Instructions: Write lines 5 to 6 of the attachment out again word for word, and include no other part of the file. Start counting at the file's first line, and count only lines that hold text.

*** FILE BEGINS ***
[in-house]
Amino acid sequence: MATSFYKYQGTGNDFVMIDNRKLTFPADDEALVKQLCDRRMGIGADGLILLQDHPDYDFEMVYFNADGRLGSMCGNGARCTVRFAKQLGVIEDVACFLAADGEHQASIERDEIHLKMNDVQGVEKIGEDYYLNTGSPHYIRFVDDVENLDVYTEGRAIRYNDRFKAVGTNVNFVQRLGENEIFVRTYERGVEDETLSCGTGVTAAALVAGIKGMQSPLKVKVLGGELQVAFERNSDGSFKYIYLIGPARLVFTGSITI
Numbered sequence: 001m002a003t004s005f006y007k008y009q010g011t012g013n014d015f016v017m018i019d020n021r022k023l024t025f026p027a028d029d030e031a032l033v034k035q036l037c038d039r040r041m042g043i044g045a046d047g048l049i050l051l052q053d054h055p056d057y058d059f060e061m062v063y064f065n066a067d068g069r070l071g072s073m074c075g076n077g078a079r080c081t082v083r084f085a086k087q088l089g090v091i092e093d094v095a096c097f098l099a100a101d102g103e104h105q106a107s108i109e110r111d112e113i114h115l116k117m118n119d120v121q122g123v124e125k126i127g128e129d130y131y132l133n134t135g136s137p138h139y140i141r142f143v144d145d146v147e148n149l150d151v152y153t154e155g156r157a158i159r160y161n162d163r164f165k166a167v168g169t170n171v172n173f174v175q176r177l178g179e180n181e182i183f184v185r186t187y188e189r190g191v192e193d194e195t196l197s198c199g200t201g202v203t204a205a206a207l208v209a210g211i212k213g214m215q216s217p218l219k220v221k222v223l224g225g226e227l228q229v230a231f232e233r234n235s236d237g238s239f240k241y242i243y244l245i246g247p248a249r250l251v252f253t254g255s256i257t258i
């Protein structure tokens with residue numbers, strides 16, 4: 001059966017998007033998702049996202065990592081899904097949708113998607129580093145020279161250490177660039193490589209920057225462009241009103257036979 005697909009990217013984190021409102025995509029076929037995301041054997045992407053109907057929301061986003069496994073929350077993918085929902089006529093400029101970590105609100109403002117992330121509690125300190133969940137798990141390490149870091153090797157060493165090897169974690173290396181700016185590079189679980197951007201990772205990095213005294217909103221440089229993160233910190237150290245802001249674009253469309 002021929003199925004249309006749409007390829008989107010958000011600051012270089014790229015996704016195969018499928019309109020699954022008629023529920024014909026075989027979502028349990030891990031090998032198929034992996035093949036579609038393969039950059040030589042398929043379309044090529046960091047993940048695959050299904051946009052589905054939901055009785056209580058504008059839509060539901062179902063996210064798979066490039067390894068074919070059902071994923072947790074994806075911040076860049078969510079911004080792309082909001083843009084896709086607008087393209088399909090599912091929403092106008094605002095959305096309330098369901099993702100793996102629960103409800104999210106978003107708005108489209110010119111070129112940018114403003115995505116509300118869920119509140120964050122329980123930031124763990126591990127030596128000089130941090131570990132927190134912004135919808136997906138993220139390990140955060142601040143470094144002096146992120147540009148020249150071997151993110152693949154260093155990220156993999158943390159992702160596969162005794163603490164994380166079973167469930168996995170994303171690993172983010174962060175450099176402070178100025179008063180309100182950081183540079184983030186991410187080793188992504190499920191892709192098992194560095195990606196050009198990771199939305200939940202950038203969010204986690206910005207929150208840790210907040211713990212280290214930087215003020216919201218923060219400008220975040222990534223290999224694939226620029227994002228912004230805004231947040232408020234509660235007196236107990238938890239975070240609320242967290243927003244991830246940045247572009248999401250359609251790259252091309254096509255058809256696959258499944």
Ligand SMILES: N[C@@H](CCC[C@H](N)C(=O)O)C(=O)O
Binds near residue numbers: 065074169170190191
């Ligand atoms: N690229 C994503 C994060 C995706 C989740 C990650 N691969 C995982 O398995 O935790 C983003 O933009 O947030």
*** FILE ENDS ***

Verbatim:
Ligand SMILES: N[C@@H](CCC[C@H](N)C(=O)O)C(=O)O
Binds near residue numbers: 065074169170190191